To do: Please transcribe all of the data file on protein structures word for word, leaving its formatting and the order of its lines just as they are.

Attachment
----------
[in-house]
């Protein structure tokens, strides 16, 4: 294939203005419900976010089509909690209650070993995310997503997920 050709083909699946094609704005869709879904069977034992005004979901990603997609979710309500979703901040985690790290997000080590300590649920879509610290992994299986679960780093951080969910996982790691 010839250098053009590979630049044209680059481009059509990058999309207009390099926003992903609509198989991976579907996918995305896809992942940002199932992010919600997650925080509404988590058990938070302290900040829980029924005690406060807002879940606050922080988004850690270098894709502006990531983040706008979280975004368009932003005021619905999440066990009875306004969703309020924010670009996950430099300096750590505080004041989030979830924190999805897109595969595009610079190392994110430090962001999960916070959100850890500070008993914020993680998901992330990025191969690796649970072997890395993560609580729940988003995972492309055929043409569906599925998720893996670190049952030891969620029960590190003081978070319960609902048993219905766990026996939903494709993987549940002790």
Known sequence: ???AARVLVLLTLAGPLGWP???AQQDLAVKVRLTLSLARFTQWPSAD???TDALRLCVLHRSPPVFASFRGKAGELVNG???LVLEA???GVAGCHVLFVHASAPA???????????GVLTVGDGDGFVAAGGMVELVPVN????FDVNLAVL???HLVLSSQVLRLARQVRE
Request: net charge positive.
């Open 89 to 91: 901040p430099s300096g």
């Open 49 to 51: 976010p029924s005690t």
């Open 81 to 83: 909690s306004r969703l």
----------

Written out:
[in-house]
């Protein structure tokens, strides 16, 4: 294939203005419900976010089509909690209650070993995310997503997920 050709083909699946094609704005869709879904069977034992005004979901990603997609979710309500979703901040985690790290997000080590300590649920879509610290992994299986679960780093951080969910996982790691 010839250098053009590979630049044209680059481009059509990058999309207009390099926003992903609509198989991976579907996918995305896809992942940002199932992010919600997650925080509404988590058990938070302290900040829980029924005690406060807002879940606050922080988004850690270098894709502006990531983040706008979280975004368009932003005021619905999440066990009875306004969703309020924010670009996950430099300096750590505080004041989030979830924190999805897109595969595009610079190392994110430090962001999960916070959100850890500070008993914020993680998901992330990025191969690796649970072997890395993560609580729940988003995972492309055929043409569906599925998720893996670190049952030891969620029960590190003081978070319960609902048993219905766990026996939903494709993987549940002790």
Known sequence: ???AARVLVLLTLAGPLGWP???AQQDLAVKVRLTLSLARFTQWPSAD???TDALRLCVLHRSPPVFASFRGKAGELVNG???LVLEA???GVAGCHVLFVHASAPA???????????GVLTVGDGDGFVAAGGMVELVPVN????FDVNLAVL???HLVLSSQVLRLARQVRE
Request: net charge positive.
């Open 89 to 91: 901040p430099s300096g």
């Open 49 to 51: 976010p029924s005690t």
């Open 81 to 83: 909690s306004r969703l």